Large Credit Unions Urged to Join Group of Washington Credit Unions Seeking Prize-Linked Launch

Representatives of at least eight credit unions in Washington State confirmed interest in a cooperative effort to offer prize-linked savings accounts to their members in early 2012. The next steps were discussed in a conference call last week.

Prize-linked savings accounts offer members a chance to be entered into drawings for monthly and annual cash prizes for opening an account. The prize pool is funded by credit unions, not by depositors, so the money invested in the savings accounts stays in the accounts. Most of the credit unions planning a possible launch are small to medium-sized. Their representatives will begin reaching out to CEOs of larger credit unions to try to generate more interest. A higher participation rate among credit unions would bring down the administrative costs while building a potentially larger prize pool.

The door opened for Washington credit unions after the state legislature passed legislation earlier this year.

Meanwhile, interest is heating up in several other states, according to Doorways to Dreams (D2D), the not-for-profit organization that promotes financial opportunity and security to low- and moderate-income people through new products and programs. D2D was instrumental in helping Michigan launch the nation’s first cooperative prize-linked savings program, which now includes 42 credit unions in which 16,000 accounts have been opened with savings of over $28 million.

Doorways to Dreams is hosting the first-ever Prize-Linked Savings Conference to address the growing interest.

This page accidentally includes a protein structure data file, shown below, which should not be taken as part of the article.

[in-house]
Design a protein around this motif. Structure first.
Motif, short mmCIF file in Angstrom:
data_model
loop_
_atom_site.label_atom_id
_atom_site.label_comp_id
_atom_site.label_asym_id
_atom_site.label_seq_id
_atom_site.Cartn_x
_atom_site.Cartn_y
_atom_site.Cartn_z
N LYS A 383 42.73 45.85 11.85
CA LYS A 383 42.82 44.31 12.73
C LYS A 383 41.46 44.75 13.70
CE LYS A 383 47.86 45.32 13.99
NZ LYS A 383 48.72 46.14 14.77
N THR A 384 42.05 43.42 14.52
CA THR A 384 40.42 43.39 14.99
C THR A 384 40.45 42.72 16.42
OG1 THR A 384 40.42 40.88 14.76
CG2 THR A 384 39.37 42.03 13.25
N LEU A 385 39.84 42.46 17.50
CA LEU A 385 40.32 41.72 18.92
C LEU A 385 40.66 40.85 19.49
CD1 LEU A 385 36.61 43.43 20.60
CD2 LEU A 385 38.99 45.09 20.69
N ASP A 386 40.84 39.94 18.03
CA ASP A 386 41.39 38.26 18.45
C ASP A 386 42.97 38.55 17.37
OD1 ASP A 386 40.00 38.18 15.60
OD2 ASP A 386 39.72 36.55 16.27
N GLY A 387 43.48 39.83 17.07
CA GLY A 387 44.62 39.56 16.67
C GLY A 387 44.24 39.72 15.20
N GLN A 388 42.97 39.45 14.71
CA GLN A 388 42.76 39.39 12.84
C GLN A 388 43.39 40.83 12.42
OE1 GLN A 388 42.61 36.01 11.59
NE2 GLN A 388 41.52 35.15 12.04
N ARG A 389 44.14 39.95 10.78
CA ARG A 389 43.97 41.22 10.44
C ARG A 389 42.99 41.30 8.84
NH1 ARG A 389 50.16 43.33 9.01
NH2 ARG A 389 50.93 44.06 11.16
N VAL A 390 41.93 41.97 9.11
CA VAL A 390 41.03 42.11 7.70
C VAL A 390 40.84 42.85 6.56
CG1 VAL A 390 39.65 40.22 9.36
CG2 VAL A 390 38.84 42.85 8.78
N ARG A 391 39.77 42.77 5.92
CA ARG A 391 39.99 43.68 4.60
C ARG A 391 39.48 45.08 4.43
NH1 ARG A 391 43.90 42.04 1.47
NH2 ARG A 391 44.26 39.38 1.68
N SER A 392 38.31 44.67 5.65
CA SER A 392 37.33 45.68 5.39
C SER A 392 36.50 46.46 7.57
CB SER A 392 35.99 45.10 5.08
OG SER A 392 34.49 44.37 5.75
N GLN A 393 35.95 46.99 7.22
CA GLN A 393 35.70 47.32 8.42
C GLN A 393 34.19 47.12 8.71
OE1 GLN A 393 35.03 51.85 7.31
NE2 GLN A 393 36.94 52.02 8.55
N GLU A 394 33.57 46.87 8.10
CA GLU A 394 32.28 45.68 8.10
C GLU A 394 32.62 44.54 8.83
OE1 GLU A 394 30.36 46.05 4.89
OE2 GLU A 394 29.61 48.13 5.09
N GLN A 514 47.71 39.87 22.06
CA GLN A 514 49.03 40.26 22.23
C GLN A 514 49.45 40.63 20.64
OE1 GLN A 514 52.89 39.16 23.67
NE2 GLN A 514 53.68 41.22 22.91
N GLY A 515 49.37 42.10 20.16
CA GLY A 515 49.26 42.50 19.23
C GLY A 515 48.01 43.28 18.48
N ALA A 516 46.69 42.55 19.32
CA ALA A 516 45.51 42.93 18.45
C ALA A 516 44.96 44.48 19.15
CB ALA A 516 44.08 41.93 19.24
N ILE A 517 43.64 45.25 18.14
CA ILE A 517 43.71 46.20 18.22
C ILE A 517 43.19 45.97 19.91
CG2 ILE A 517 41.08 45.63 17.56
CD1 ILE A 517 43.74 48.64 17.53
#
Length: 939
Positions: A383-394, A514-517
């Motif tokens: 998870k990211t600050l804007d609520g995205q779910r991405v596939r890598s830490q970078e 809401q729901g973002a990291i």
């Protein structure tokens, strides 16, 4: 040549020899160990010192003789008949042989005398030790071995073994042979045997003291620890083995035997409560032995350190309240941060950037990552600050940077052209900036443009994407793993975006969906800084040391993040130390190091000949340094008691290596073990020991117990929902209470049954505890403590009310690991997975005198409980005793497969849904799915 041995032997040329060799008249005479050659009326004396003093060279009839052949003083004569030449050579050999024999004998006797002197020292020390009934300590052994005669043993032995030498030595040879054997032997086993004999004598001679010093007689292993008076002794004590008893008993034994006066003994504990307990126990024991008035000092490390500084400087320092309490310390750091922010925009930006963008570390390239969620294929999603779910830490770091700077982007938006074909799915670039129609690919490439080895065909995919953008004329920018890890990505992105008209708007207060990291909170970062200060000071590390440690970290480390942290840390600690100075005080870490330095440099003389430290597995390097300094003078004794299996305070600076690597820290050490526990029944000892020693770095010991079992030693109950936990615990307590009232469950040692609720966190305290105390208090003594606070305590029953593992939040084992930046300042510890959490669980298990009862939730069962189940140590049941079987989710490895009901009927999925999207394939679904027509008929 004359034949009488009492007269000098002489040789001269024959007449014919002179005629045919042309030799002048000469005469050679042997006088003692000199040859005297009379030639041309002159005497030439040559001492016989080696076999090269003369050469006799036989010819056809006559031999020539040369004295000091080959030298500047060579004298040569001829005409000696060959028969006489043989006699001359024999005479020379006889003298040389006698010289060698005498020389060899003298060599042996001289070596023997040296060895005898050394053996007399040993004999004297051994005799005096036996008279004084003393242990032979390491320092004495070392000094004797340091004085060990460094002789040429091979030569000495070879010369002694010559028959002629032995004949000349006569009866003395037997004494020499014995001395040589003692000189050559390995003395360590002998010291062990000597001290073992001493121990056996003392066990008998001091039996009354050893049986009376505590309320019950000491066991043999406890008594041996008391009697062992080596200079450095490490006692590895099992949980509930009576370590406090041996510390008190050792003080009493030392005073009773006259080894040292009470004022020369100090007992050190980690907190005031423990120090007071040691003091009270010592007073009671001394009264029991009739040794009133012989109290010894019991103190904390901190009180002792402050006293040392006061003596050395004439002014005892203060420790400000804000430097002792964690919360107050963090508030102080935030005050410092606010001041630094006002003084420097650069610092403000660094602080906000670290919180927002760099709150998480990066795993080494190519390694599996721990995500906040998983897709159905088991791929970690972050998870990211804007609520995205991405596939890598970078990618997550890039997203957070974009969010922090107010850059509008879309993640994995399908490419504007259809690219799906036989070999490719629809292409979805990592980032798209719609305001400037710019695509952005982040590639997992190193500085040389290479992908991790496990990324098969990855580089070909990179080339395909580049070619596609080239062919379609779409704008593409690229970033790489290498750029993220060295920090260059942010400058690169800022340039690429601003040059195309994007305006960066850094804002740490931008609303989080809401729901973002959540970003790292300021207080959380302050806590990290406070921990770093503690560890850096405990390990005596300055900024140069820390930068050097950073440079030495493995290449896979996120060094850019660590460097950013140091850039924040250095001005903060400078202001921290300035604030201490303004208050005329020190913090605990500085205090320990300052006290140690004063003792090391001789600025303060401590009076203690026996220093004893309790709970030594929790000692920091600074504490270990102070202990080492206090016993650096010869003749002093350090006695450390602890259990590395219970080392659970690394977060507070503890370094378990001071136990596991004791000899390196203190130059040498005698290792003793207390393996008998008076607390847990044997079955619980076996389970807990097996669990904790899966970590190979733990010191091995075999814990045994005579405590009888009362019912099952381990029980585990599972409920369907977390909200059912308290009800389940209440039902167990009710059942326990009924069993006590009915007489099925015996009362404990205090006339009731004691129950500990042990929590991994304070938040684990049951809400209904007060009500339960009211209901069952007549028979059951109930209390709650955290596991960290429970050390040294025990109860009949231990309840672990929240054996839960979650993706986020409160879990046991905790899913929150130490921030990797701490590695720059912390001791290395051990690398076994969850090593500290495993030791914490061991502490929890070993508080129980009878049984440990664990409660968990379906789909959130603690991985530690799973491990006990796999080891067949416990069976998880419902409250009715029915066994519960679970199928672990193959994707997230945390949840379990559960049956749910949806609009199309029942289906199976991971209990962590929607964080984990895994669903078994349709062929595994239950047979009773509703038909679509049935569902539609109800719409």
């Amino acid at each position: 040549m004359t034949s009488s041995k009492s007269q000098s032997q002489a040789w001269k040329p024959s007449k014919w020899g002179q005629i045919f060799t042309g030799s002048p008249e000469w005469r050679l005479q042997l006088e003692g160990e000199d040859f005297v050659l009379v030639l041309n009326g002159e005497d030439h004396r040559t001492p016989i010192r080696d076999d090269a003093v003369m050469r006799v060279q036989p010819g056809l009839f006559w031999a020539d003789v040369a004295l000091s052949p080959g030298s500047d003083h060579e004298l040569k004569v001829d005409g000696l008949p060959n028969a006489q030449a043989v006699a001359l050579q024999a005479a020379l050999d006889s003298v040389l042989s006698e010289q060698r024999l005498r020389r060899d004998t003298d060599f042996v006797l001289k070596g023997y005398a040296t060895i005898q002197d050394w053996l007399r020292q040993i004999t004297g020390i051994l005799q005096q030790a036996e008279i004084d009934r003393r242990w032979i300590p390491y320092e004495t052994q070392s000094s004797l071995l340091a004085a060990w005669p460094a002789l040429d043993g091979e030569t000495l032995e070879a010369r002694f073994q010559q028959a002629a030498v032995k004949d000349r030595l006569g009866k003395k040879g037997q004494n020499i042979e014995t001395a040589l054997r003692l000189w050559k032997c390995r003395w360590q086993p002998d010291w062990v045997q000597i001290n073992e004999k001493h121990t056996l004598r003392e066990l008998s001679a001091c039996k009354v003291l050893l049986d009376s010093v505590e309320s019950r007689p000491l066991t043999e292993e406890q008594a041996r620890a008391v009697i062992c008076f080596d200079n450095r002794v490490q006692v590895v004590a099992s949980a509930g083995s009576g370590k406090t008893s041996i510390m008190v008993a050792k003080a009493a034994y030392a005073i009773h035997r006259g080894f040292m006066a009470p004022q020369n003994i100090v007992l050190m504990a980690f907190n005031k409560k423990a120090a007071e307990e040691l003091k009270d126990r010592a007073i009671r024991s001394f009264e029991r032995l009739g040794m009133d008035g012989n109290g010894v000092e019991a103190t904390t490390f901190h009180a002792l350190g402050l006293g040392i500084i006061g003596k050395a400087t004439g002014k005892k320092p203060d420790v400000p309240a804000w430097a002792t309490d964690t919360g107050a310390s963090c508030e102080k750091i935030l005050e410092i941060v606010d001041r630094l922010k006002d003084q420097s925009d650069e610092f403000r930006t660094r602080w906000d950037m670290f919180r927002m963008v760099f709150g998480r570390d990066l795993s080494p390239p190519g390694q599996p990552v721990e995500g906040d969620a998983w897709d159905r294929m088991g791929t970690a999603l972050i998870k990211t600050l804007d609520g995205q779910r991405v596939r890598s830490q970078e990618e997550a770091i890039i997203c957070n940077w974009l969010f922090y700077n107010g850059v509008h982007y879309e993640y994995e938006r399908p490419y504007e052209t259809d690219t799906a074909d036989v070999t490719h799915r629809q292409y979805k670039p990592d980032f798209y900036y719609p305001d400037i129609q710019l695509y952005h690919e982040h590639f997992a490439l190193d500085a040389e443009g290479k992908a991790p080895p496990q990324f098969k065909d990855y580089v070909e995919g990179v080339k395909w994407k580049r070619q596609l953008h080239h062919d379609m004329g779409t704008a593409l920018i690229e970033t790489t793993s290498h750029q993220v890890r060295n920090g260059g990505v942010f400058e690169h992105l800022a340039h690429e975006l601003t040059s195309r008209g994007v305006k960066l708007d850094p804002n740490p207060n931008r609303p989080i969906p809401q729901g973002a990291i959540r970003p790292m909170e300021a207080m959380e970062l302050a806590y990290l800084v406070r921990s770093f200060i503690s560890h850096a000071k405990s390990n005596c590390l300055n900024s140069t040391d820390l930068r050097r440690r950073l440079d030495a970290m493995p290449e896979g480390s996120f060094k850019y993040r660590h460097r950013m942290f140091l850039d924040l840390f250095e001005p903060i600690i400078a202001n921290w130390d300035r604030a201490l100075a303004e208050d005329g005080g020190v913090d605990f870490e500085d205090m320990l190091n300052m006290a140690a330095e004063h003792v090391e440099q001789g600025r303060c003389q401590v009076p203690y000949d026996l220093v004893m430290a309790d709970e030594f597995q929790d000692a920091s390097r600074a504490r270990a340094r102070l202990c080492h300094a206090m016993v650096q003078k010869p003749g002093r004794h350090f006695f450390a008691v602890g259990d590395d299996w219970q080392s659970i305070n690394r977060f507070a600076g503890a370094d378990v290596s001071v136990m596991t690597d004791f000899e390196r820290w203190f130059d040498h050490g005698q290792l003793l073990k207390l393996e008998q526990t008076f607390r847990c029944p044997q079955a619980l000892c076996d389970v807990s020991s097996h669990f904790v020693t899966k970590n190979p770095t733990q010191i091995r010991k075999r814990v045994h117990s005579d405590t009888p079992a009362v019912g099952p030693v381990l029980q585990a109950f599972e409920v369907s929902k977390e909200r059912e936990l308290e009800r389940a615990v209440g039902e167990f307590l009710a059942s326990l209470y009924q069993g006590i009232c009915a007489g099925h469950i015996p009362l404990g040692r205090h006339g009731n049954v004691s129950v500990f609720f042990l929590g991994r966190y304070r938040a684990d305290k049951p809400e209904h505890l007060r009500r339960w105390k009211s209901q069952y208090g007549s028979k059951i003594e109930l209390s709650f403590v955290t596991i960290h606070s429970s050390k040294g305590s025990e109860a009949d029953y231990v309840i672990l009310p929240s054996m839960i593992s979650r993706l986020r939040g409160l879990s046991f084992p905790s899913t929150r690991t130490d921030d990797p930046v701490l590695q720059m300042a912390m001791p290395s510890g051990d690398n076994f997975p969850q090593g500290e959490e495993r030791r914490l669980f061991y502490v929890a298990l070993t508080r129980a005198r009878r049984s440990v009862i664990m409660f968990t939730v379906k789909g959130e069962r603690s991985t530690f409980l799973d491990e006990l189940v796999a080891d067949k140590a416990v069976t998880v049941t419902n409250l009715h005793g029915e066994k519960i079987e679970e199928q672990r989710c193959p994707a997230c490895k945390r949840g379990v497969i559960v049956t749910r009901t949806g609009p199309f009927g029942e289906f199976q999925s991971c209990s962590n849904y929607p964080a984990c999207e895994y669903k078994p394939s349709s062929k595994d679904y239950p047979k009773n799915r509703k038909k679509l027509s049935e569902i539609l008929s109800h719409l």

“We are bringing together financial service executives, policymakers and public officials, researchers, legal experts, entrepreneurs and funders for a robust discussion of the role prize-linked structures can play in motivating savings and innovative models to scale PLS nationally,” said Sarika Abbi, the Savings Initiatives Specialist for the D2D Fund. The conference is scheduled for Nov. 18 in Boston. Registration is available online.

Michigan credit union members are given one chance for the drawing for each $25 deposit. The annual grand prize is $100,000, and there are multiple monthly drawings for smaller prizes. Research shows annual grand prizes as low as $10,000 will incentivize savings because “that number seems realistic. People believe they can win,” according to Brandon Trenz of CU Solutions Group, which provides administrative services for prize-linked savings pools.

Washington credit unions are determining whether to operate a program themselves or to have a business partner provide operational solutions. One thing is certain: there is no shortage of low- to moderate-income people in Washington who might benefit from prize-linked savings.

“In 2009, the FDIC reported Washington State had 103,000 unbanked households, and over 450,000 under-banked households,” said Rebeca Potasnik, Executive Director of the Washington Asset Building Coalition. “Almost twenty-five percent of the households with incomes between $30,000 and 50,000 are unbanked or under-banked. They should be incentivized to save. All households benefit from saving money and building assets.”

 

Questions or Concerns? Contact Matt Halvorson, Anthem Editor: mhalvorson@nwcua.org.

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